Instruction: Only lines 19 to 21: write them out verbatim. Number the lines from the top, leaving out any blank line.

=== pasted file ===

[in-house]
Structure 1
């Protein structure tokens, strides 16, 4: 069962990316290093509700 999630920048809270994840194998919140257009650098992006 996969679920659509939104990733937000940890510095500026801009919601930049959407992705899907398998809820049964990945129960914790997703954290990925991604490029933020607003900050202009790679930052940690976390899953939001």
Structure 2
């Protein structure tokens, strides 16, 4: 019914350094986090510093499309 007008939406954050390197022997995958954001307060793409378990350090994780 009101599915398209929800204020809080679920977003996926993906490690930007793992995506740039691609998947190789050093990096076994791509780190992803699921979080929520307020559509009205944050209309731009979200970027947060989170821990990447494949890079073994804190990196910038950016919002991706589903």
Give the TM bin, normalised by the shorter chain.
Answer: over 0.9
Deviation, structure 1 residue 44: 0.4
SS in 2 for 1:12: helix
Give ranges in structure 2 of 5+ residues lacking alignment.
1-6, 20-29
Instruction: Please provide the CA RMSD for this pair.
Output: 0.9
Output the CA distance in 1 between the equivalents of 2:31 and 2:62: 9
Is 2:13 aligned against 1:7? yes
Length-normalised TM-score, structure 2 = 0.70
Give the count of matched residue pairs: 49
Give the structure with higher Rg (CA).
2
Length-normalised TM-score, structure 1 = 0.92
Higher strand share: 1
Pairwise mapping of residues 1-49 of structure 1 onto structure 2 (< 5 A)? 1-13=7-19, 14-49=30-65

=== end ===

2
Length-normalised TM-score, structure 1 = 0.92
Higher strand share: 1